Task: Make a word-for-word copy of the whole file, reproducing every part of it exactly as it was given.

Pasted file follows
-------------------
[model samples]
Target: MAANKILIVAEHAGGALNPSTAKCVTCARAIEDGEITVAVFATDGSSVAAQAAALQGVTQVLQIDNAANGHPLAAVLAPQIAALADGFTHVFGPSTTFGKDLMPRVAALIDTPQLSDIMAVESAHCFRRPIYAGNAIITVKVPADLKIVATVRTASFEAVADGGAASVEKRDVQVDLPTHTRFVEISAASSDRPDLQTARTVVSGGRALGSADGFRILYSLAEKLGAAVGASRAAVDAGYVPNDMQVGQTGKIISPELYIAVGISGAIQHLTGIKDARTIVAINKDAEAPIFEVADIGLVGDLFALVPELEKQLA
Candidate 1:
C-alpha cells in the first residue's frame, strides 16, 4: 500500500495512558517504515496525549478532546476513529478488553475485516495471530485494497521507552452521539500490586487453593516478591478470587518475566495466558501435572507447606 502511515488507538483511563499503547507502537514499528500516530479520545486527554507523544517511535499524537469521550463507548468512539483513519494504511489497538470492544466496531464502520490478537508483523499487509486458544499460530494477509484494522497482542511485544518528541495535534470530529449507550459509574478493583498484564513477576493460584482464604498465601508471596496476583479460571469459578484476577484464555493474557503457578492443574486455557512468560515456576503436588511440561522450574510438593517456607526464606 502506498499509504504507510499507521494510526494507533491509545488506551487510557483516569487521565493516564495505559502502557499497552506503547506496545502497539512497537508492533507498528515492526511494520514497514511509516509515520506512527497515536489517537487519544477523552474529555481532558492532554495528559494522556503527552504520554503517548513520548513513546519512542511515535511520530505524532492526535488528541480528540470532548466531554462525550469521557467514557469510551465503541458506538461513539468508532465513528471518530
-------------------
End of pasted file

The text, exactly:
[model samples]
Target: MAANKILIVAEHAGGALNPSTAKCVTCARAIEDGEITVAVFATDGSSVAAQAAALQGVTQVLQIDNAANGHPLAAVLAPQIAALADGFTHVFGPSTTFGKDLMPRVAALIDTPQLSDIMAVESAHCFRRPIYAGNAIITVKVPADLKIVATVRTASFEAVADGGAASVEKRDVQVDLPTHTRFVEISAASSDRPDLQTARTVVSGGRALGSADGFRILYSLAEKLGAAVGASRAAVDAGYVPNDMQVGQTGKIISPELYIAVGISGAIQHLTGIKDARTIVAINKDAEAPIFEVADIGLVGDLFALVPELEKQLA
Candidate 1:
C-alpha cells in the first residue's frame, strides 16, 4: 500500500495512558517504515496525549478532546476513529478488553475485516495471530485494497521507552452521539500490586487453593516478591478470587518475566495466558501435572507447606 502511515488507538483511563499503547507502537514499528500516530479520545486527554507523544517511535499524537469521550463507548468512539483513519494504511489497538470492544466496531464502520490478537508483523499487509486458544499460530494477509484494522497482542511485544518528541495535534470530529449507550459509574478493583498484564513477576493460584482464604498465601508471596496476583479460571469459578484476577484464555493474557503457578492443574486455557512468560515456576503436588511440561522450574510438593517456607526464606 502506498499509504504507510499507521494510526494507533491509545488506551487510557483516569487521565493516564495505559502502557499497552506503547506496545502497539512497537508492533507498528515492526511494520514497514511509516509515520506512527497515536489517537487519544477523552474529555481532558492532554495528559494522556503527552504520554503517548513520548513513546519512542511515535511520530505524532492526535488528541480528540470532548466531554462525550469521557467514557469510551465503541458506538461513539468508532465513528471518530